At least that's what Uber thinks: the ride-hailing company has hired a NASA engineer to develop a flying vehicle.
In an interview, Holden shared his interest in "vertical takeoff and landing" vehicles (VTOL), claiming, "It could change cities and how we work and live".
Also Lockheed Martin, the aerospace giant and frequent government contractor has in development an autonomous flying vehicle to deliver both troops and supplies in hard to reach places.
Murkowski says she'll vote 'no' on DeVos; Sullivan to vote 'yes'
Given the 52-48 GOP Senate majority, Republicans can afford to lose only two of their own if Democrats are united against DeVos. But Senate Democrats have repeatedly requested the vote be delayed so they can hold additional hearings with DeVos.
Moore had been working on flying auto technology at NASA for years, but funding for the projects was regularly redirected away from personalized electronic vehicles toward other projects, like low-carbon aircraft. Last October, the company released a white paper that envisioned a flying taxi service as a network of lightweight, electric aircraft that take off and land vertically from preexisting urban heliports and skyscraper rooftops. The white paper has made the rounds of technologists for a while and even spurred Google co-founder Larry Page to invest in two startups in that space, Zee Aero and Kitty Hawk. "I can't think of another company in a stronger position to be the leader for this new ecosystem and make the urban electric VTOL market real", Moore said. (Though it's probably safe to say that Uber, with some $11 billion on its balance sheet, is making it worth his while.) Moore seems to be disillusioned with NASA, saying the agency is leaving promising new aviation markets to the private industry. "We're excited to have Mark join us to work with companies and stakeholders as we continue to explore the use case described in our white paper". With NASA's immediate future involving more partnerships with private companies, instead of government-funded projects, it's reasonable to understand why Moore moved to Uber. For one, Uber has yet to build its VTOL craft, having only detailed a vision of a future with short airborne transits.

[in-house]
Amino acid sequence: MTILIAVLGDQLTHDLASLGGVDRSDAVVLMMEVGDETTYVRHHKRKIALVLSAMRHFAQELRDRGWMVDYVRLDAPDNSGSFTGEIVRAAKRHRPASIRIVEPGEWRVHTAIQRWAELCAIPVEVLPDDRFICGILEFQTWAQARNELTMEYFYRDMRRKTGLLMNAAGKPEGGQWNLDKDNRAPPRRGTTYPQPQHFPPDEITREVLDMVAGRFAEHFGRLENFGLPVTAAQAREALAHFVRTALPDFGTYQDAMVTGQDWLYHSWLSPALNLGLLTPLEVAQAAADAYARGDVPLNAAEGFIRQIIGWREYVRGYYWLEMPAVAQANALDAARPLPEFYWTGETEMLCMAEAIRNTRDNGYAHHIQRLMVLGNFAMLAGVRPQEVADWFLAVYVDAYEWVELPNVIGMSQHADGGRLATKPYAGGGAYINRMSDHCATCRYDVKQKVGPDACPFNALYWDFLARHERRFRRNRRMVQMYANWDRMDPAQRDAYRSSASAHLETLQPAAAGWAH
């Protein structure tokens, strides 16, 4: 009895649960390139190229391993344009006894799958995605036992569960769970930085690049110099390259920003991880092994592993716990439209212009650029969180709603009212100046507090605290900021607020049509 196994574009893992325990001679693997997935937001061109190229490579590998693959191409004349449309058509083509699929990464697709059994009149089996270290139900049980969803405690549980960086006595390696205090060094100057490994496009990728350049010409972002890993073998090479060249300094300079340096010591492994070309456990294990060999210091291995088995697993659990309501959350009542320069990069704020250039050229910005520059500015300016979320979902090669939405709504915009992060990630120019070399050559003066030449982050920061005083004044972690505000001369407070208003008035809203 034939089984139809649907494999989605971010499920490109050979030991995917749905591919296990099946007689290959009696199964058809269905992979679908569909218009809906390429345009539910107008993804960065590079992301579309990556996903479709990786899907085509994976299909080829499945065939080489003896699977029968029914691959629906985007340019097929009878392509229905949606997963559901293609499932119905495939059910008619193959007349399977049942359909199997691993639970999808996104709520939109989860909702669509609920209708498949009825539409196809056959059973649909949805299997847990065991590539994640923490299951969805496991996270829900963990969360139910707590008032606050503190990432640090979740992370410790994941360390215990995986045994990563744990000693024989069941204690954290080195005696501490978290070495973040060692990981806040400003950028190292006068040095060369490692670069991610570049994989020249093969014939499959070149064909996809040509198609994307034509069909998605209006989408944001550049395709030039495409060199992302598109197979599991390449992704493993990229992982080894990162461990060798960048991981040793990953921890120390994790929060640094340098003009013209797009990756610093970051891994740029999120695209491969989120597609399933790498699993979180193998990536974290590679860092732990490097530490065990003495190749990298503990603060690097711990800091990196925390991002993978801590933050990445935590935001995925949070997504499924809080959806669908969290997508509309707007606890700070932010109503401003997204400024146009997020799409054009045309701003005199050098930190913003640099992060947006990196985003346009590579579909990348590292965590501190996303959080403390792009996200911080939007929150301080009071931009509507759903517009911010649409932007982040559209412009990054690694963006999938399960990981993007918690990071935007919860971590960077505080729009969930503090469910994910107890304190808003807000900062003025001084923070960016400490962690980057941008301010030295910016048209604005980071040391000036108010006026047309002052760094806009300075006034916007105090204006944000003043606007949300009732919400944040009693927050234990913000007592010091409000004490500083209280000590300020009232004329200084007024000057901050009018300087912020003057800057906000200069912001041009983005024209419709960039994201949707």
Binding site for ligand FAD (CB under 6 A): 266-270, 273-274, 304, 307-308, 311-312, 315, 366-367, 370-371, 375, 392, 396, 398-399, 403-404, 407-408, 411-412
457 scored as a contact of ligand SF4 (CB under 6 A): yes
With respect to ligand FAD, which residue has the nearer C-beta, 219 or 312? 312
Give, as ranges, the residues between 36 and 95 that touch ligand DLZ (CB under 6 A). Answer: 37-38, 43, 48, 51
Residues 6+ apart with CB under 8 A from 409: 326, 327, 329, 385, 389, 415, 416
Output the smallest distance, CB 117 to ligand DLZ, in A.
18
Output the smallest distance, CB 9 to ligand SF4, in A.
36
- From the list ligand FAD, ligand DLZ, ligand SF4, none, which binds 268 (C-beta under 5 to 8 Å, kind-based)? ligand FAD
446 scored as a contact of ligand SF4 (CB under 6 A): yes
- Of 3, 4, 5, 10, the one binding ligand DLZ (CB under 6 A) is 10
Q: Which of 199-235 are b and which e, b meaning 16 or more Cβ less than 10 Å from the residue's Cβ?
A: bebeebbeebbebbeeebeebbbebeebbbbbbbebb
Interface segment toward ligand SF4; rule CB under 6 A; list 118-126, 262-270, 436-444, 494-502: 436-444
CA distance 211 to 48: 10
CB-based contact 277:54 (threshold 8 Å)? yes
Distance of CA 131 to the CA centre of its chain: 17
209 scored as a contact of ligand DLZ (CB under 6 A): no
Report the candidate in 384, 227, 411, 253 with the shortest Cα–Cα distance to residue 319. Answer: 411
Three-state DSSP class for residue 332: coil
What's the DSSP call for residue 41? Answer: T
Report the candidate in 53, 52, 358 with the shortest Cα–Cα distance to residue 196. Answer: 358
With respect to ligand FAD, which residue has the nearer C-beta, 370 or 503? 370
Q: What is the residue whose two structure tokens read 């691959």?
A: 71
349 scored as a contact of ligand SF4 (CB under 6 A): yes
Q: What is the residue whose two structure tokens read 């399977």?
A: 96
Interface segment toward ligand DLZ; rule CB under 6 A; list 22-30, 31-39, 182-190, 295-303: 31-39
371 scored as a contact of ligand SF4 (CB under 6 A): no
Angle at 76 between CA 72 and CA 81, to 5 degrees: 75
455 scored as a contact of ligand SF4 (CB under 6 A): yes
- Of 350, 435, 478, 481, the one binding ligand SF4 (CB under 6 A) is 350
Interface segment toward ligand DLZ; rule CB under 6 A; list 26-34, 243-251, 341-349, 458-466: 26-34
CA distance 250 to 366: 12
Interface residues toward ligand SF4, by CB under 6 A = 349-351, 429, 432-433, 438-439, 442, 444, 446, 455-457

It has to be noted that Moore won't exactly be building flying cars for Uber...yet. By moving to Uber, he will forgo on a big percentage of his pension.